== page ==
Monday, March 31, 2008
Sunday, March 30, 2008
....The differences may speak to deeply ingrained cultural traits, the authors write, suggesting that Westerners may “see emotions as individual feelings, while Japanese see them as inseparable from the feelings of the group"...Read the rest of the article here.
...Still, the study fits squarely in a longstanding body of research into differences between Eastern and Western perceptions of the world around us.
Researchers studying paintings from the 16th through 20th centuries, for example, have found that in Western portraits, the subject took up a larger portion of the picture and was painted in a way to make the subject stand out, the study said. In Eastern portraits, the subjects tended to be smaller and to blend into the background...
Friday, March 28, 2008
Personal invitations of all kinds are to be taken at face value. "We're having a party, please do come," means "We're having a party, please do come," and not "We feel rude not inviting you in front of these other people, but surely you'll have the grace not to show up." Similarly, "Come over to my house and we'll have tea," means that you should start planning a date and time for that pleasant event. It is not to be confused with the Anglo-American "We should get together sometime," which means "I hope I never see you again."Read the rest of this article here.
Yes means yes and no means no. If you ask whether you can share someone's table (or borrow a pen, or get a ride) and that person says yes, that's the end of it. Even if the person does not smile or tell you to go right ahead, you do not have to ask again. Germans will be perplexed when you insist: "Are you sure? I won't be bothering you, will I? I'll just take this little corner and be done in a minute." For heavens sakes, they said yes already, and it's not like you're asking them to donate a kidney. Just sit down...
Thursday, March 27, 2008
Researchers at Duke University in North Carolina claim that the human brain "senses" that such foods are high in calories and "reward" people by releasing hormones that make them feel happier...Read the article here.
Tuesday, March 25, 2008
Sunday, March 23, 2008
Cynthia Liu is precisely the kind of high achiever Yale wants: smart (1510 SAT), disciplined (4.0 grade point average), competitive (finalist in Texas oratory competition), musical (pianist), athletic (runner) and altruistic (hospital volunteer). And at the start of her sophomore year at Yale, Ms. Liu is full of ambition, planning to go to law school.Read the rest of the article here.
So will she join the long tradition of famous Ivy League graduates? Not likely. By the time she is 30, this accomplished 19-year-old expects to be a stay-at-home mom.
"My mother's always told me you can't be the best career woman and the best mother at the same time," Ms. Liu said matter-of-factly. "You always have to choose one over the other."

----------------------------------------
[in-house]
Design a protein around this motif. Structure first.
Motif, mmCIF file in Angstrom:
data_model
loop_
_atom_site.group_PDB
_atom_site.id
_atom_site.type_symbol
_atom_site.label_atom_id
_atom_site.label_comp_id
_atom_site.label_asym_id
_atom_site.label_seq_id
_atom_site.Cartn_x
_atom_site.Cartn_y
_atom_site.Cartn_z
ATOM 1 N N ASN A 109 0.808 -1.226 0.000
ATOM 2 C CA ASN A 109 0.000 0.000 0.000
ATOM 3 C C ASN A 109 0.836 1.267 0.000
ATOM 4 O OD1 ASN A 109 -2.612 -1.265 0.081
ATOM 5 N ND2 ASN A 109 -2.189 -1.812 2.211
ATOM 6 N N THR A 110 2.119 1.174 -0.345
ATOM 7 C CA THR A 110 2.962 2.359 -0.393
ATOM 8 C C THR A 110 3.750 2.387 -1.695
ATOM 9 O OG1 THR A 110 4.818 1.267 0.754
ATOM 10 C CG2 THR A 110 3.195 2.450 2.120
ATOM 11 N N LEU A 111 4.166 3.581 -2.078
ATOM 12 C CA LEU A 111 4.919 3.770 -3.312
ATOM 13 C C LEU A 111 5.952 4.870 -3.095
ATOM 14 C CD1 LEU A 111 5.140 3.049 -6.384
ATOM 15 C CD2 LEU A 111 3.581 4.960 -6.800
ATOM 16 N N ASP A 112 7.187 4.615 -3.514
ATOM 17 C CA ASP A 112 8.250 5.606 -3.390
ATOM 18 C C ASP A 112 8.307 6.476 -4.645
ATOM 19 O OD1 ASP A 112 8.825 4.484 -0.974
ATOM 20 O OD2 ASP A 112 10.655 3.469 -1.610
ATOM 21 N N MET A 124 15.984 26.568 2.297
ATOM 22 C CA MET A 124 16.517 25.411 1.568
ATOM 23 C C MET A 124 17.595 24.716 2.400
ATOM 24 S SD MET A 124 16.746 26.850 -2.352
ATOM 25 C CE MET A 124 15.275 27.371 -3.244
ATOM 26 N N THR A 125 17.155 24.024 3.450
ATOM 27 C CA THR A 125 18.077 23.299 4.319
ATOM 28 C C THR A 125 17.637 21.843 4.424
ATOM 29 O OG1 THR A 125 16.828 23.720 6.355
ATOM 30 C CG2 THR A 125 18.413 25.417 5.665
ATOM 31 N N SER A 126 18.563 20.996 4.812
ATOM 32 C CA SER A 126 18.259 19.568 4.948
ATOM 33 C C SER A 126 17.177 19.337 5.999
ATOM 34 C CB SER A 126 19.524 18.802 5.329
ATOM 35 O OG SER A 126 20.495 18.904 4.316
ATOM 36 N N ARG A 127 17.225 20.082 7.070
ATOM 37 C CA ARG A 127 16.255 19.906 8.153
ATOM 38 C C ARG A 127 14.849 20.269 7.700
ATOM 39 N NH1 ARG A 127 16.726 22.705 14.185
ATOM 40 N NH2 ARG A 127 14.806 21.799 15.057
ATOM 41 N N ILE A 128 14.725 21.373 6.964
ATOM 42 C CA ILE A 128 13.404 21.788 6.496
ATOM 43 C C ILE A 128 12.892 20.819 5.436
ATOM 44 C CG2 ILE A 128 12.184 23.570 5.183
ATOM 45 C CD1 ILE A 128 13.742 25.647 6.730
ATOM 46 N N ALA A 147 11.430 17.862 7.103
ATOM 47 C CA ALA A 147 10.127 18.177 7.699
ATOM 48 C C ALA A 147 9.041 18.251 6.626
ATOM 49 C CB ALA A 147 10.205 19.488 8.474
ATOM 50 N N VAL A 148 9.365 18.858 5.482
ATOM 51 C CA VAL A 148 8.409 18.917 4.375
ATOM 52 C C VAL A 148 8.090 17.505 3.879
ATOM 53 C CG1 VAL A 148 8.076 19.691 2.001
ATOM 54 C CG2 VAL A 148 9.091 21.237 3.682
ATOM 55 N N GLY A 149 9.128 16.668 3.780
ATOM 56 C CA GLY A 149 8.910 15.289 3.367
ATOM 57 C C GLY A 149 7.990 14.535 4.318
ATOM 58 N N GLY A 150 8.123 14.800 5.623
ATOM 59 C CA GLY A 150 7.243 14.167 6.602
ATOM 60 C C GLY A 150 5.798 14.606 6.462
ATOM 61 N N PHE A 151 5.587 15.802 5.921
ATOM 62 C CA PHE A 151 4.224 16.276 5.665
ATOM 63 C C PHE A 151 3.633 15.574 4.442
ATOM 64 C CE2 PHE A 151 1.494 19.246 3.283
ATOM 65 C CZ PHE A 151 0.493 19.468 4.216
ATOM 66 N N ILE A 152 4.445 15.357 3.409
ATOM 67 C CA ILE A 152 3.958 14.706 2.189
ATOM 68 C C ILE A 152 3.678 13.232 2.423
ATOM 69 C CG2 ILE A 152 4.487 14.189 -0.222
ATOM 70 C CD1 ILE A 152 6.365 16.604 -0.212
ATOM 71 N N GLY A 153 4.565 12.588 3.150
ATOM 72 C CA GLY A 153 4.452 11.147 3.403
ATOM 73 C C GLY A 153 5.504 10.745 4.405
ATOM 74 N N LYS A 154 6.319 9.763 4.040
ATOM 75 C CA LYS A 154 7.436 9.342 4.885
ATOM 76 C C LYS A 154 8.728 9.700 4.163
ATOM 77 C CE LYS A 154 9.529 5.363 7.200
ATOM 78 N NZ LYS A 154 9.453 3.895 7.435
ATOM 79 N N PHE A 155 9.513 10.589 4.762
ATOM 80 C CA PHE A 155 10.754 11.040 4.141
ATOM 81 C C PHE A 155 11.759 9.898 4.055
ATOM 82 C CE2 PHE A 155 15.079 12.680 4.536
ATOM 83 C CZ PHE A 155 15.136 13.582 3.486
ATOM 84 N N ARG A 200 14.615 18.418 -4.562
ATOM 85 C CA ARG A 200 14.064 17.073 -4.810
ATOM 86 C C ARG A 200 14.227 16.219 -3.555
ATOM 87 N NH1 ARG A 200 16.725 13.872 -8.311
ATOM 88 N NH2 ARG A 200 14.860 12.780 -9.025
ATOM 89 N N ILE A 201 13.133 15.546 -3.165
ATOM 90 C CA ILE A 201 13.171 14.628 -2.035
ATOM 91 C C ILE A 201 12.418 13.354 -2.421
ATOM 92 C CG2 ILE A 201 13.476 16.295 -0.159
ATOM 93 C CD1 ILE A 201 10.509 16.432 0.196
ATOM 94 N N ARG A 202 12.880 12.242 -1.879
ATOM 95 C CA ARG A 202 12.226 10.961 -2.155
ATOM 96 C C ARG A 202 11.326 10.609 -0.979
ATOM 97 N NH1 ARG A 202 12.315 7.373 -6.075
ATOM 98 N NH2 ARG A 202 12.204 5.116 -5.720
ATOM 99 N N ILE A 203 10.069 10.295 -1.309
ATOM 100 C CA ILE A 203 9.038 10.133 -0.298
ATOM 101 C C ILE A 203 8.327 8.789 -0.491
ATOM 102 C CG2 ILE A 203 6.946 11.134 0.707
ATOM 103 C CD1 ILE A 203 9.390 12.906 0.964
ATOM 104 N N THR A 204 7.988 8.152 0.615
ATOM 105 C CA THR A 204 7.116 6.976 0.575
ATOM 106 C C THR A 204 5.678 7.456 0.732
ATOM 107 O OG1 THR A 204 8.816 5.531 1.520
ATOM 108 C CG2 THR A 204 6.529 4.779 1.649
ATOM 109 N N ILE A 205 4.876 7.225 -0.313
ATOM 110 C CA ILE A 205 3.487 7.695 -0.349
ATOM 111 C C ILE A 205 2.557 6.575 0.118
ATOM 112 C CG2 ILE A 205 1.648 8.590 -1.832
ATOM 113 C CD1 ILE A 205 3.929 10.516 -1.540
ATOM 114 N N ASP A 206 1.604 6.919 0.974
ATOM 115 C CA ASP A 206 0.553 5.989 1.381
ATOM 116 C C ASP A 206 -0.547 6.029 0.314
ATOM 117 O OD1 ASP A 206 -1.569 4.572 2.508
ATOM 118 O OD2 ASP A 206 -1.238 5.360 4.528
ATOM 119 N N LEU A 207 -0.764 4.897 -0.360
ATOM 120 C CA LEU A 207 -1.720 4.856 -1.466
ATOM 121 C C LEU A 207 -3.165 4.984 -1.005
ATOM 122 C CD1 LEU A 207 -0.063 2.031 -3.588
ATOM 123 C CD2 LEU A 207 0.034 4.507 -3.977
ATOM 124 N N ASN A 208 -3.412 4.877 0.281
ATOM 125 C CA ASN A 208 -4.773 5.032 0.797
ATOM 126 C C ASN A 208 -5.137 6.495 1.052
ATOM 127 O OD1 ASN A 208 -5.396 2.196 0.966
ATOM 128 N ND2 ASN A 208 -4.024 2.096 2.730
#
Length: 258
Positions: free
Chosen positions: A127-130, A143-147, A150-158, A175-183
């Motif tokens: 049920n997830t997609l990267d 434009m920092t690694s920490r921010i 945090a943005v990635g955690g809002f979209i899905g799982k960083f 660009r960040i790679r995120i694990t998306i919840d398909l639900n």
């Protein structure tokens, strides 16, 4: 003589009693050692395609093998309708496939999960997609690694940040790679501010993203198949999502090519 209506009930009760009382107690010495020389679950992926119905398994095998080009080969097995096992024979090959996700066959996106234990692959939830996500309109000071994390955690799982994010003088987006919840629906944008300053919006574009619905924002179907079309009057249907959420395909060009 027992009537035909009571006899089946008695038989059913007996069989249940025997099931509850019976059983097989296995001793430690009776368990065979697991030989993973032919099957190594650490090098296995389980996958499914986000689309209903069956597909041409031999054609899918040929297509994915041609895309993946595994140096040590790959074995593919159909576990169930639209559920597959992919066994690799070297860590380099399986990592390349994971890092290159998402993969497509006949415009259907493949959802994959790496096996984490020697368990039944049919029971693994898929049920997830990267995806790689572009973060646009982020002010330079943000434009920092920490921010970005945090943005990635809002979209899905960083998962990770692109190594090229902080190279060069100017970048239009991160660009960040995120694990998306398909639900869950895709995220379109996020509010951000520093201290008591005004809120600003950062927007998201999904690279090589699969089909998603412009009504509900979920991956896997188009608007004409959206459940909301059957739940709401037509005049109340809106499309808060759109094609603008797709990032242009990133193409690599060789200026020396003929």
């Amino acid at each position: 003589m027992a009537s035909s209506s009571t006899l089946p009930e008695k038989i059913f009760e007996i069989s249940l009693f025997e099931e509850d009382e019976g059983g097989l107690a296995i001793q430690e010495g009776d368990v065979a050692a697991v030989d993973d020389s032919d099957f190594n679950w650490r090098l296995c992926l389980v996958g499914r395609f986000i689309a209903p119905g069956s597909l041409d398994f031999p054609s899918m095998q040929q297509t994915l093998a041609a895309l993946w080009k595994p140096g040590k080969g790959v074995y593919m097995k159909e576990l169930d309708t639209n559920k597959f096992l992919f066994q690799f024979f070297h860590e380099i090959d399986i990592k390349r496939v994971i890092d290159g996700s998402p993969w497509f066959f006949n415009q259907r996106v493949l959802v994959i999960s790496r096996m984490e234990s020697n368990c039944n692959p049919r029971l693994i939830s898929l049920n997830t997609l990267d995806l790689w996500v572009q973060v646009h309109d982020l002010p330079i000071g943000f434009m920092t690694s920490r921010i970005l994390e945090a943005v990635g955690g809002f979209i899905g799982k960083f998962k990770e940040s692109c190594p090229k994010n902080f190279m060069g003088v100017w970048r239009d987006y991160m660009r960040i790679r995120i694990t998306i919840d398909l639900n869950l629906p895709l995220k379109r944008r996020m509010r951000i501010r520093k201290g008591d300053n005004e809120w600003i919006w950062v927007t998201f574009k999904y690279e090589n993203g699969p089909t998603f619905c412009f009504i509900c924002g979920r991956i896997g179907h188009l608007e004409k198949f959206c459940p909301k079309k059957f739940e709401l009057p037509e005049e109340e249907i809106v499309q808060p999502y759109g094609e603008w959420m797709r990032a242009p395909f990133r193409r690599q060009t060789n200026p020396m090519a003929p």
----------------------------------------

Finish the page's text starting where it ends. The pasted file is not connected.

..."It really does raise this question for all of us and for the country: when we work so hard to open academics and other opportunities for women, what kind of return do we expect to get for that?" said Marlyn McGrath Lewis, director of undergraduate admissions at Harvard, who served as dean for coeducation in the late 1970's and early 1980's...
Saturday, March 22, 2008
Friday, March 21, 2008
Thursday, March 20, 2008
Wednesday, March 19, 2008
Monday, March 17, 2008
Friday, March 14, 2008
...He has argued against a “God of the gaps” strategy for relating science and religion, a view that uses God to explain what science cannot.
Professor Heller said he believed, for example, that the religious objection to teaching evolution “is one of the greatest misunderstandings” because it “introduces a contradiction or opposition between God and chance.”
In a telephone interview, Professor Heller explained his affinity for the two fields: “I always wanted to do the most important things, and what can be more important than science and religion? Science gives us knowledge, and religion gives us meaning. Both are prerequisites of the decent existence.”
Read the NY Times article here.
In 2004, Natalie Portman, then a 22-year-old fresh from college, went to Capitol Hill to talk to Congress on behalf of the Foundation for International Community Assistance, or Finca, a microfinance organization for which she served as “ambassador.” She found herself wondering what she was doing there, but her colleagues assured her: “We got the meetings because of you.”Read the rest of the NY Times story here.
For lawmakers, Natalie Portman was not simply a young woman — she was the beautiful Padmé from “Star Wars.” “And I was like, ‘That seems totally nuts to me,’ ” Portman told me recently. It’s the way it works, I guess. I’m not particularly proud that in our country I can get a meeting with a representative more easily than the head of a nonprofit can...”
Five days later, Dallas uttered his first word. Now he can walk and talk like his peers. Watch the life-changing video here.
Wednesday, March 5, 2008
Sunday, March 2, 2008
- One in nine (!) black men between the ages of 20 and 34 are in jail
- One in 355 white women between the ages of 35 and 39 are behind bars but one in 100 black women are
Read the rest of the NY Times article here.
Saturday, March 1, 2008
"It’s not a pipeline problem. It’s about loneliness, competition and deeply rooted barriers." Read more in the NYT .
Read the VisualEconomics post .
Read the FastCompany article here .
"Jessica Ladd, founder and chief executive of Sexual Health Innovations, whose Callisto service lets college students anonymously rec...